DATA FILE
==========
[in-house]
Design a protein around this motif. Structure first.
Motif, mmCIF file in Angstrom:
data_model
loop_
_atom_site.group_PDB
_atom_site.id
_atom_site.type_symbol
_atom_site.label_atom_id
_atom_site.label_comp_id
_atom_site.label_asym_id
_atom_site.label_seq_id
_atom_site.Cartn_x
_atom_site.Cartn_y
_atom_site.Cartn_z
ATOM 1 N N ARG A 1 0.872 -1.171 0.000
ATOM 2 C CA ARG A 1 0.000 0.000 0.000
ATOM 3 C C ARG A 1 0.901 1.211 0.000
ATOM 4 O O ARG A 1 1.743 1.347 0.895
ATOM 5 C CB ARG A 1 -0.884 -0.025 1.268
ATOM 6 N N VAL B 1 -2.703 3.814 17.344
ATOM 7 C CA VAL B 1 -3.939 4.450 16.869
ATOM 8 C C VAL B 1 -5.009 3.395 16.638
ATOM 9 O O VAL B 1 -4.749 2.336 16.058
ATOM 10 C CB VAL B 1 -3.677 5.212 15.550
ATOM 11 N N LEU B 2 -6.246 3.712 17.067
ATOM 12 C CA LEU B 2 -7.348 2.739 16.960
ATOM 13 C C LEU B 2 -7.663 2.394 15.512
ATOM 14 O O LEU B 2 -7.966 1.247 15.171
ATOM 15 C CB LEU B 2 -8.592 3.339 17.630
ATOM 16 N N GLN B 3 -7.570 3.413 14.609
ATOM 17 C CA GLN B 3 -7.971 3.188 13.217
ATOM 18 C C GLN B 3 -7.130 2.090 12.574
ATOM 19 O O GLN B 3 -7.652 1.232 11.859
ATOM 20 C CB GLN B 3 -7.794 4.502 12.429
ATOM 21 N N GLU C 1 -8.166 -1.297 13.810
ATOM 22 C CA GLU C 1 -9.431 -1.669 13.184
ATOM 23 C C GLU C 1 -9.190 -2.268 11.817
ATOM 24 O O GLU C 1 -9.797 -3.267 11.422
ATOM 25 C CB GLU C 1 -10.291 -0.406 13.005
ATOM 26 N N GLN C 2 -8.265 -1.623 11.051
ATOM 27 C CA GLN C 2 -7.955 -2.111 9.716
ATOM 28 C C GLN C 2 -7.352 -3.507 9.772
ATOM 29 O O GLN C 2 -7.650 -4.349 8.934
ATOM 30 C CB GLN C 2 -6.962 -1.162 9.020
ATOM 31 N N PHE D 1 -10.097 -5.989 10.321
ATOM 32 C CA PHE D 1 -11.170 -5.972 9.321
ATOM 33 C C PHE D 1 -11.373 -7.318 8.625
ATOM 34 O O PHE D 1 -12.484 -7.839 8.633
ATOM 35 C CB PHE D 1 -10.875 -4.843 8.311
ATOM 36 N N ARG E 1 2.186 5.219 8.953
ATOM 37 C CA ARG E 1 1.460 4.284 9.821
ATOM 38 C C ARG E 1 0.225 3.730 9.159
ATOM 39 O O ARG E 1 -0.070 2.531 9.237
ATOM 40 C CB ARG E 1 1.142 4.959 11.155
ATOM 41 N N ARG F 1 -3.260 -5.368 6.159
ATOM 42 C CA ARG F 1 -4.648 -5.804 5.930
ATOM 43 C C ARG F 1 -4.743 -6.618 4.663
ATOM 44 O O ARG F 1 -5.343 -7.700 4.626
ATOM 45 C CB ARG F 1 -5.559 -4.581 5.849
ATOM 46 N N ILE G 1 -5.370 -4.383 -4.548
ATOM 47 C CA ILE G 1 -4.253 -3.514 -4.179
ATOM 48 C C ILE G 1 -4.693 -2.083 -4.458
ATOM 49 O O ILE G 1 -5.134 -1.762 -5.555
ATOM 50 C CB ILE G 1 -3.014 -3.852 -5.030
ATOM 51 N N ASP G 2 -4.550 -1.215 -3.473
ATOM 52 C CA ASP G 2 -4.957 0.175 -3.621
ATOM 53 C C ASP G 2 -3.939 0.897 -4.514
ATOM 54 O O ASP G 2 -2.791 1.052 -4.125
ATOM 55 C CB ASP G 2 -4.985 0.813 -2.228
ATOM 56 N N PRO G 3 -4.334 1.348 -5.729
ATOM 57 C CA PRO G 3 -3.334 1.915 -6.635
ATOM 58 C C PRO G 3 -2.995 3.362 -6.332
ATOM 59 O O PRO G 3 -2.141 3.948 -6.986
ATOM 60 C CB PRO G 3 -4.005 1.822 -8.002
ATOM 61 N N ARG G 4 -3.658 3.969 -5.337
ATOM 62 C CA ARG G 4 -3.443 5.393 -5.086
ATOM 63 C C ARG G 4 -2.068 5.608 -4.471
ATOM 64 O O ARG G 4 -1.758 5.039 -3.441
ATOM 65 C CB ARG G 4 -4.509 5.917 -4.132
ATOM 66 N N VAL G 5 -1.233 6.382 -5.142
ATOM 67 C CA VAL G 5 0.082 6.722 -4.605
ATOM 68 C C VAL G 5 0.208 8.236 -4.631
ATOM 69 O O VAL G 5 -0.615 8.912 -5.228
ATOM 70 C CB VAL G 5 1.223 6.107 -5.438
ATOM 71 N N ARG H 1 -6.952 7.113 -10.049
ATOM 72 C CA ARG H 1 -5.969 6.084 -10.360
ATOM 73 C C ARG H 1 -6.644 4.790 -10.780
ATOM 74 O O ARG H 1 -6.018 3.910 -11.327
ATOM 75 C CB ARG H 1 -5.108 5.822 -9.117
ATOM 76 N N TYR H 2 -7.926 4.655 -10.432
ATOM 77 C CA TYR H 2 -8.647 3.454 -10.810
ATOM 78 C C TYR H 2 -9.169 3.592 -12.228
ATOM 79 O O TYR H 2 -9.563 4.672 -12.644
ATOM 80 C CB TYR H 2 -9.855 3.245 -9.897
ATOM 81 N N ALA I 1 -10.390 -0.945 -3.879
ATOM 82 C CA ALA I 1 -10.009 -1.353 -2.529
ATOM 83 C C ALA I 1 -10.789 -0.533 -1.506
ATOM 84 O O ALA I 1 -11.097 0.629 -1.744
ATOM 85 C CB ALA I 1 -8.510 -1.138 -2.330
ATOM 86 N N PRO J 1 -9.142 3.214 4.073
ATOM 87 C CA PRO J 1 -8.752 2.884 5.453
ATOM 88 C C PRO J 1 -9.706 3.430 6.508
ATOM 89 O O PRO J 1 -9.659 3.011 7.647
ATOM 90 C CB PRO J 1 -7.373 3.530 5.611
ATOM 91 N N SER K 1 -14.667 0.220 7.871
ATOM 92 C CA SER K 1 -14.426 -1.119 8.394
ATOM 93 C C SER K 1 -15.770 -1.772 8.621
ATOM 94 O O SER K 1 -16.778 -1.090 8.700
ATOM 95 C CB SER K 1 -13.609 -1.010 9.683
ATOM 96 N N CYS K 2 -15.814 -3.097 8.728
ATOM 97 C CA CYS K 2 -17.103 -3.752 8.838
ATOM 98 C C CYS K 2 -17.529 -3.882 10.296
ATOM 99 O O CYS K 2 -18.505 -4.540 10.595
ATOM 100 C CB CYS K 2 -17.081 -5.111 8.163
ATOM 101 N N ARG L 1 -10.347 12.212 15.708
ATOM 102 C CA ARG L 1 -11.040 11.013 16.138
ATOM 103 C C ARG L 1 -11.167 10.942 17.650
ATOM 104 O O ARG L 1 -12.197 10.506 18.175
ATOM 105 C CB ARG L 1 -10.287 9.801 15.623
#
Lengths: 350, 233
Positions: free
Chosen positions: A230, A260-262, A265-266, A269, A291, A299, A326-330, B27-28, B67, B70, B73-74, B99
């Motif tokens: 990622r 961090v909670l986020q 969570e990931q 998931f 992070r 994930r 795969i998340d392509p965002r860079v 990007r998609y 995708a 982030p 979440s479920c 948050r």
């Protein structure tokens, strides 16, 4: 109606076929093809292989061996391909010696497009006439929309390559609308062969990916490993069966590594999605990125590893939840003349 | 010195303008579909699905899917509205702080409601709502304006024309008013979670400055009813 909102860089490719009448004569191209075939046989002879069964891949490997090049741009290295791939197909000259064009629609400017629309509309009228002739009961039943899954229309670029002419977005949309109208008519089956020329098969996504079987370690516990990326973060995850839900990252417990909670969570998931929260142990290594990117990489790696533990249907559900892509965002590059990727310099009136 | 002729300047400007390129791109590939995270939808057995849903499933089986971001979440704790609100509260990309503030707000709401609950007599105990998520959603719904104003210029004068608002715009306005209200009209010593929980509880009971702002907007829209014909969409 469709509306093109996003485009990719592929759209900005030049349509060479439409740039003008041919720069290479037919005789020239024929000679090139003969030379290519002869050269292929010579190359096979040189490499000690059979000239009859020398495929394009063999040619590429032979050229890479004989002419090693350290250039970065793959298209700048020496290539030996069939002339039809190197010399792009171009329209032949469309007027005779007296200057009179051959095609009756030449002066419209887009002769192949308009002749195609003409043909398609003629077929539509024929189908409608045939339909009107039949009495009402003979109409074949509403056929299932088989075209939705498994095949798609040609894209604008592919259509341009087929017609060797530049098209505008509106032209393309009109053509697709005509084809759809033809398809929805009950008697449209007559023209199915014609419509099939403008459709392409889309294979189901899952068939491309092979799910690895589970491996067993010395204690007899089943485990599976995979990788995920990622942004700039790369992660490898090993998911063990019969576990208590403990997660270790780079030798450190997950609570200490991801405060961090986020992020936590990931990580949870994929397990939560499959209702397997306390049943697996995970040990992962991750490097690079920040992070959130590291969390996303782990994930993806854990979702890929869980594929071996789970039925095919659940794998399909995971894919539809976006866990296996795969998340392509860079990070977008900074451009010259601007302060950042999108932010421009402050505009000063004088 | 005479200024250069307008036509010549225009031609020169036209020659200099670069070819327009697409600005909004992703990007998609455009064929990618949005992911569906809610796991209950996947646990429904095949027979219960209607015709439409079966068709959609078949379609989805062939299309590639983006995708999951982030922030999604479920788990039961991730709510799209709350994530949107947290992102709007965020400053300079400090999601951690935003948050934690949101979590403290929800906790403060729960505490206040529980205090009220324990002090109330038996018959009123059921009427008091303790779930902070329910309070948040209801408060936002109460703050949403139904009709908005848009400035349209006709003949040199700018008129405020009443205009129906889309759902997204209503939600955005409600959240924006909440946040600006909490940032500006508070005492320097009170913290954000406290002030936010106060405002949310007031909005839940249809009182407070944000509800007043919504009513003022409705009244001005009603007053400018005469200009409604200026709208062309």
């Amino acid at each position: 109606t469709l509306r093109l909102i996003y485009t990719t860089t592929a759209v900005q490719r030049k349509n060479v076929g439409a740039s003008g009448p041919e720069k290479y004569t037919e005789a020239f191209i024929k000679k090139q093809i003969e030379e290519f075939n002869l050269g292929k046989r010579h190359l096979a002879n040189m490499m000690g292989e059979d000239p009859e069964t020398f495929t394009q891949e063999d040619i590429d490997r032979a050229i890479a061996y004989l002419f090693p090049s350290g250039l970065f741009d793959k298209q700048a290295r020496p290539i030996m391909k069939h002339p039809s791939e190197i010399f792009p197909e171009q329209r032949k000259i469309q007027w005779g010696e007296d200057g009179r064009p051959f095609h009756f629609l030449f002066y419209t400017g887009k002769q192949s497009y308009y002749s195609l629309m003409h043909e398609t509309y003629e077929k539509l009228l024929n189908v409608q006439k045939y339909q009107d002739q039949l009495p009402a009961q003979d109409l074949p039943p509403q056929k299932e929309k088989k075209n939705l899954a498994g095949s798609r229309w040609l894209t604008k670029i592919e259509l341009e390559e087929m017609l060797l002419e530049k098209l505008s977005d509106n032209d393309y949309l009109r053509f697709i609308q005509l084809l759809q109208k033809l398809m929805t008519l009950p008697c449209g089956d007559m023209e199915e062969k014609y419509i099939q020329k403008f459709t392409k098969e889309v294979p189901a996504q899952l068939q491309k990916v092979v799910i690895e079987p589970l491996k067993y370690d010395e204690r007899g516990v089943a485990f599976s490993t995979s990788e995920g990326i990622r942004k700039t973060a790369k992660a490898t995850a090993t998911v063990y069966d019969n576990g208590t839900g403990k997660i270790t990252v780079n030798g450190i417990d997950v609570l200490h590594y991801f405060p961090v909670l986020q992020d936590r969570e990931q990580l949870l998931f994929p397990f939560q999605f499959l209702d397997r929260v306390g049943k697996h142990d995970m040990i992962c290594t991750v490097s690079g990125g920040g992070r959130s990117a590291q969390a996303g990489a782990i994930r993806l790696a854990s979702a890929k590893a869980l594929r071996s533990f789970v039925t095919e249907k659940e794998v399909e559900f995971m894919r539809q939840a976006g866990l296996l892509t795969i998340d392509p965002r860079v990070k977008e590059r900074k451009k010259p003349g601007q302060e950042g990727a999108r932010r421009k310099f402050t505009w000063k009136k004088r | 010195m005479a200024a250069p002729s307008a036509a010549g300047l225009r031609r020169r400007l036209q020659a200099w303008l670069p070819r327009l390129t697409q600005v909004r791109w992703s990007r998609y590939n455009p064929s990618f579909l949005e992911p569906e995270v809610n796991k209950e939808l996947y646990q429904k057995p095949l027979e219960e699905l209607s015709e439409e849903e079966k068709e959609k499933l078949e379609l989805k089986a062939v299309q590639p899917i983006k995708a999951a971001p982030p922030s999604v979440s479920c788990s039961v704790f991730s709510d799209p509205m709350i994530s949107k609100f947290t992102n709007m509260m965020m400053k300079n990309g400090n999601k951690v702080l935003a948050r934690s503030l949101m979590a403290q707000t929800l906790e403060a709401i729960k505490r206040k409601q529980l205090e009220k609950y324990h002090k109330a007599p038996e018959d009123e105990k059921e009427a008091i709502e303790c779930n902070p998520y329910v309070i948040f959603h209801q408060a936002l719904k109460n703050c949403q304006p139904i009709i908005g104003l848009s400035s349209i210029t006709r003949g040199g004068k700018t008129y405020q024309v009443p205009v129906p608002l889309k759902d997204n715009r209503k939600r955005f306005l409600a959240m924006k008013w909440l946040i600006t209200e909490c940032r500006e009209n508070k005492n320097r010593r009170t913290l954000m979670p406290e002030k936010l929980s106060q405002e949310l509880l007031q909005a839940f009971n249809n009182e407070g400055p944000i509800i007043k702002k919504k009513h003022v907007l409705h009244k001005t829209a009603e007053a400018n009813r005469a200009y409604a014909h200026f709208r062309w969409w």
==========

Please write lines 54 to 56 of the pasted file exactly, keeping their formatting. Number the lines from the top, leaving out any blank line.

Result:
ATOM 39 O O ARG E 1 -0.070 2.531 9.237
ATOM 40 C CB ARG E 1 1.142 4.959 11.155
ATOM 41 N N ARG F 1 -3.260 -5.368 6.159